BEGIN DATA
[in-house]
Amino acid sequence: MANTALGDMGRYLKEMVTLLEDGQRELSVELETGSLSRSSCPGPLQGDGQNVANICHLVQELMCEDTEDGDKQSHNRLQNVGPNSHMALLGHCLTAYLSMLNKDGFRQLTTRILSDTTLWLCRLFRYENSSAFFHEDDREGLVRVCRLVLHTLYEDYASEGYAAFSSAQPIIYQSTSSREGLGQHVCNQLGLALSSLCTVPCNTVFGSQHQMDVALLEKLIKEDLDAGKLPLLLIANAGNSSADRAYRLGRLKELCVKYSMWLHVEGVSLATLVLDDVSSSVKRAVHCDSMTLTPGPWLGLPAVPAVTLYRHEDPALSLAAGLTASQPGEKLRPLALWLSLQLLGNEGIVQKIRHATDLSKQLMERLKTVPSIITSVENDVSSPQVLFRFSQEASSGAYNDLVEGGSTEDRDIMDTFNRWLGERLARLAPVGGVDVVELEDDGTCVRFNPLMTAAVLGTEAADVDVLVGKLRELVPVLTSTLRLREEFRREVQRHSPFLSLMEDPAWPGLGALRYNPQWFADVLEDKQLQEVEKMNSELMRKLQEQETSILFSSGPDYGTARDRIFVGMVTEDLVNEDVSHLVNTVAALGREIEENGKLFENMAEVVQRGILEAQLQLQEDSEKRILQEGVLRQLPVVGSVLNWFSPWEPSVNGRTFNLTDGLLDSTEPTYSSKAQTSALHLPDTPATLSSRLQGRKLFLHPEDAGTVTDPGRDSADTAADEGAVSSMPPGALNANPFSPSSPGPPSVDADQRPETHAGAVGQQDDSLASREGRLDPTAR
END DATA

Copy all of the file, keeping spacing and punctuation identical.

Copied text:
[in-house]
Amino acid sequence: MANTALGDMGRYLKEMVTLLEDGQRELSVELETGSLSRSSCPGPLQGDGQNVANICHLVQELMCEDTEDGDKQSHNRLQNVGPNSHMALLGHCLTAYLSMLNKDGFRQLTTRILSDTTLWLCRLFRYENSSAFFHEDDREGLVRVCRLVLHTLYEDYASEGYAAFSSAQPIIYQSTSSREGLGQHVCNQLGLALSSLCTVPCNTVFGSQHQMDVALLEKLIKEDLDAGKLPLLLIANAGNSSADRAYRLGRLKELCVKYSMWLHVEGVSLATLVLDDVSSSVKRAVHCDSMTLTPGPWLGLPAVPAVTLYRHEDPALSLAAGLTASQPGEKLRPLALWLSLQLLGNEGIVQKIRHATDLSKQLMERLKTVPSIITSVENDVSSPQVLFRFSQEASSGAYNDLVEGGSTEDRDIMDTFNRWLGERLARLAPVGGVDVVELEDDGTCVRFNPLMTAAVLGTEAADVDVLVGKLRELVPVLTSTLRLREEFRREVQRHSPFLSLMEDPAWPGLGALRYNPQWFADVLEDKQLQEVEKMNSELMRKLQEQETSILFSSGPDYGTARDRIFVGMVTEDLVNEDVSHLVNTVAALGREIEENGKLFENMAEVVQRGILEAQLQLQEDSEKRILQEGVLRQLPVVGSVLNWFSPWEPSVNGRTFNLTDGLLDSTEPTYSSKAQTSALHLPDTPATLSSRLQGRKLFLHPEDAGTVTDPGRDSADTAADEGAVSSMPPGALNANPFSPSSPGPPSVDADQRPETHAGAVGQQDDSLASREGRLDPTAR